39. How to Lose Friends and Alienate People, by Toby Young
40. The Dirt, by Mötley Crüe and Neil Strauss
41. Lunar Park, by Bret Easton Ellis
42. Just Kids, by Patti Smith
43. Another Bullshit Night in Suck City, by Nick Flynn
44. Oh the Glory of it All, by Sean Wilsey
45. I Don’t Care About Your Band, by Julie Klausner
46. Wild, by Cheryl Strayed
47. Lit, by Mary Karr
48. I’m with the Band, by Pamela Des Barres
49. Dear Diary, by Lesley Arfin

POETRY: (I do like reading poetry now and then. I often like to read local or regional authors, and I prefer simple poetry versus over-developed and pretentious verse.)

50. The Complete Poems of Anne Sexton, by Anne Sexton (I have read her poetry, just not all of it. As far as I am concerned, that is more than enough)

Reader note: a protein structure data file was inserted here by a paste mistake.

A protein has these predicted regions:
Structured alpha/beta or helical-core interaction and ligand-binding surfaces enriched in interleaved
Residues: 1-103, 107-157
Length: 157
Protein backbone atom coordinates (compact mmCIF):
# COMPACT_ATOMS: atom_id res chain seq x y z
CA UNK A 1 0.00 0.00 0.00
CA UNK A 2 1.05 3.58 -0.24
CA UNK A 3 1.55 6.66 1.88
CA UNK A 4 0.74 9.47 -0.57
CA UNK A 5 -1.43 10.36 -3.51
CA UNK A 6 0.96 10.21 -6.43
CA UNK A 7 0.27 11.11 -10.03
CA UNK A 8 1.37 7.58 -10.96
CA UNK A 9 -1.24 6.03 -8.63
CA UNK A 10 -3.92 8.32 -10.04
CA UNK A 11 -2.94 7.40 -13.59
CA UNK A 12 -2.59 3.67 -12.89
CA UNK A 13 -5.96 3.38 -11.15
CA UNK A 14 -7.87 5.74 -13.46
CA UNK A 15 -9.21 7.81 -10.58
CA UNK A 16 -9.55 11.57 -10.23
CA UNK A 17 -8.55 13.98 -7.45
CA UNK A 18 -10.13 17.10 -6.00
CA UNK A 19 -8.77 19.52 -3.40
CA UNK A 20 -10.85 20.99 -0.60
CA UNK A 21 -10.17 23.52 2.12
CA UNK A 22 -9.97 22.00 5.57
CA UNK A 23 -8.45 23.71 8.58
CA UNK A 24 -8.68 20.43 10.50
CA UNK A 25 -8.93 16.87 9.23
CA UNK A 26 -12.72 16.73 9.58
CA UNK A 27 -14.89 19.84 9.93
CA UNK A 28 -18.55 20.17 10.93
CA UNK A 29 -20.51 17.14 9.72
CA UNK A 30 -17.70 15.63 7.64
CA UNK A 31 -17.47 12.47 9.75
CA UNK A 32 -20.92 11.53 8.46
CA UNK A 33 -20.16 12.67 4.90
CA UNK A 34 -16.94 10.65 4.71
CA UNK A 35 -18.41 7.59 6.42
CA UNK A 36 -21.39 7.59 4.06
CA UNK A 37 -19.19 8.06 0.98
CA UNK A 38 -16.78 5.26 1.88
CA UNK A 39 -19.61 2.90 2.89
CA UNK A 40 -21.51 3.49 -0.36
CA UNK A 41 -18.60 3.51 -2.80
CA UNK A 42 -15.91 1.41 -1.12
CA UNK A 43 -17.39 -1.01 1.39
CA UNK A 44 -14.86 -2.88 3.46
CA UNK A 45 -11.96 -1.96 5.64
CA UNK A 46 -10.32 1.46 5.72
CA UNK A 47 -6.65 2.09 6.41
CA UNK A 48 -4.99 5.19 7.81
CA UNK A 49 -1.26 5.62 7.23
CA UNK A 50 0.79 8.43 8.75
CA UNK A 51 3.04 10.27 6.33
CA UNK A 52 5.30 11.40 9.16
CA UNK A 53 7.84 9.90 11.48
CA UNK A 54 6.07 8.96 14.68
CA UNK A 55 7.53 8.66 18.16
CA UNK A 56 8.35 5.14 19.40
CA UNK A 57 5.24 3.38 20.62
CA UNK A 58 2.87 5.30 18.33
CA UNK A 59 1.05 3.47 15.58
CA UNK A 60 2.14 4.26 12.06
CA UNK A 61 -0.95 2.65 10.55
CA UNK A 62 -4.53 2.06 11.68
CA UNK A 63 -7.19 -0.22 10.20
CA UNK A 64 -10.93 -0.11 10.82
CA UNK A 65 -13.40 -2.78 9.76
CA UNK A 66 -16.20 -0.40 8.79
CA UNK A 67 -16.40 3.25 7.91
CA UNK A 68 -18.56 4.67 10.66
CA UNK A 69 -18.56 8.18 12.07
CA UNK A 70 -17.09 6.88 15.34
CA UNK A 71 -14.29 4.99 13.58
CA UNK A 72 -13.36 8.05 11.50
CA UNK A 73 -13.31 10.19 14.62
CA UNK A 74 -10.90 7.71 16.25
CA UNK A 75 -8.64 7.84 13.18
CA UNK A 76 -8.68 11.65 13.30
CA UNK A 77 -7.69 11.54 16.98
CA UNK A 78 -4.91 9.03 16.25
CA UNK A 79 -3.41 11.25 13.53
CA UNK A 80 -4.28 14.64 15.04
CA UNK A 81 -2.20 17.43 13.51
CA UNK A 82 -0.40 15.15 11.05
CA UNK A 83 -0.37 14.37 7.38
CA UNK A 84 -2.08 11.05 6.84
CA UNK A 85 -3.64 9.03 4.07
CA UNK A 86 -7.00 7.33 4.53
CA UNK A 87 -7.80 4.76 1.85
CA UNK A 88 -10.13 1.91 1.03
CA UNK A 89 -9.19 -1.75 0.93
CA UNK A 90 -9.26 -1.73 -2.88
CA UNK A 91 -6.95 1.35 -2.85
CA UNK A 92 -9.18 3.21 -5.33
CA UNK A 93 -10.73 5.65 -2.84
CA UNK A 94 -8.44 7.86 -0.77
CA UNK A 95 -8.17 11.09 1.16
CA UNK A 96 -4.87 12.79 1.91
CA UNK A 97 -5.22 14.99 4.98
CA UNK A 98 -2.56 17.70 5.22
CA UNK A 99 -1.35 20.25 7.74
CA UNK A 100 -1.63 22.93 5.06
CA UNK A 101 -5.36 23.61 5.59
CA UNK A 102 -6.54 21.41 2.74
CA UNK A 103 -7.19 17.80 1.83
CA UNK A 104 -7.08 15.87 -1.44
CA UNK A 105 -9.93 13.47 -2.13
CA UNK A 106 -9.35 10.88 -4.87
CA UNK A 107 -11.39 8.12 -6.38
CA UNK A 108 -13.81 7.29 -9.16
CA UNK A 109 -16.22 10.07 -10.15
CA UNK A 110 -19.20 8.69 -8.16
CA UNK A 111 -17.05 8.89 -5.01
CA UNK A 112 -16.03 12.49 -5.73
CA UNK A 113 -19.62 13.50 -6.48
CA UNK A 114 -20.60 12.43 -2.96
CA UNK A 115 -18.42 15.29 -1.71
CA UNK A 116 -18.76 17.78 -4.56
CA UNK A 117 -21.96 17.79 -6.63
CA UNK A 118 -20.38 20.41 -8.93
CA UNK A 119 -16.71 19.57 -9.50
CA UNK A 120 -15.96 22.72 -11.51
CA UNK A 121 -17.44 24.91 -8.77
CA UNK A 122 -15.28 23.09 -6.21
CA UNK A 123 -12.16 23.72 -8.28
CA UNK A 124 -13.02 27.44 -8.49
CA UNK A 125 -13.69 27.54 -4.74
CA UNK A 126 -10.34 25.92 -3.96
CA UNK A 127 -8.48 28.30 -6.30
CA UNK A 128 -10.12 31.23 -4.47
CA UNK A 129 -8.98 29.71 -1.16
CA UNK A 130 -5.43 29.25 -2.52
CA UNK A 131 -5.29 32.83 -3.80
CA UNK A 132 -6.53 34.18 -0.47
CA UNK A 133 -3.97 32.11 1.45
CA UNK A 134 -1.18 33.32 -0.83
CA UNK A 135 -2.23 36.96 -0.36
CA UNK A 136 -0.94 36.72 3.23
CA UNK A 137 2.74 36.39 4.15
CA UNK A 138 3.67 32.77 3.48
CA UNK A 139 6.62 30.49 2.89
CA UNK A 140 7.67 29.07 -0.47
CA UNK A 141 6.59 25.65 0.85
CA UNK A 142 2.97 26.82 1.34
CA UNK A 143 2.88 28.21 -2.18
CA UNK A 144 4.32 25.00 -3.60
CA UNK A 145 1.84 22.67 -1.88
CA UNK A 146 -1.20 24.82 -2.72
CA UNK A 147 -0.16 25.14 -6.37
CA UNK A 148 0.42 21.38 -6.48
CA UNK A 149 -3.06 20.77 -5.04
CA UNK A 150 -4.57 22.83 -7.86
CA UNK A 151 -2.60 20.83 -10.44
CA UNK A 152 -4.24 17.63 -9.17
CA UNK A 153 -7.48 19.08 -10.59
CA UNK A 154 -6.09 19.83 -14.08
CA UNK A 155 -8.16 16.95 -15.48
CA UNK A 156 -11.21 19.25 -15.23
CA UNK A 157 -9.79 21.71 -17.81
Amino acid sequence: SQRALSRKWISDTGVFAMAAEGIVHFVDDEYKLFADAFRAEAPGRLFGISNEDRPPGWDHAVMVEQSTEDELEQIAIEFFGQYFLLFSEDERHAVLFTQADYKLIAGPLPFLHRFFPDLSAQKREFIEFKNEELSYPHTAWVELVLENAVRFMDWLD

51. Actual Air, by David Berman
52. The Collected Poems of Kenneth Koch, by Kenneth Koch
53. Alien vs. Predator, by Michael Robbins (The only Alien vs. Predator I care about is this one, which I am sure is a hell of a lot more exciting.)
54. The Collected Poems of Audre Lord, by Audre Lord (I have read her poetry, but not all of it)
ESSAYS THAT WILL MAKE YOU THINK AND/OR LAUGH: (Essay is a genre I do like when it is done right. I tend to prefer simple essays, observations, random thoughts, that kind of thing. I don't like stuff that goes too deep or tries to be too smart.)

55. Me Talk Pretty One Day, by David Sedaris
56. How to Be a Woman, by Caitlin Moran
57. My Misspent Youth, by Meghan Daum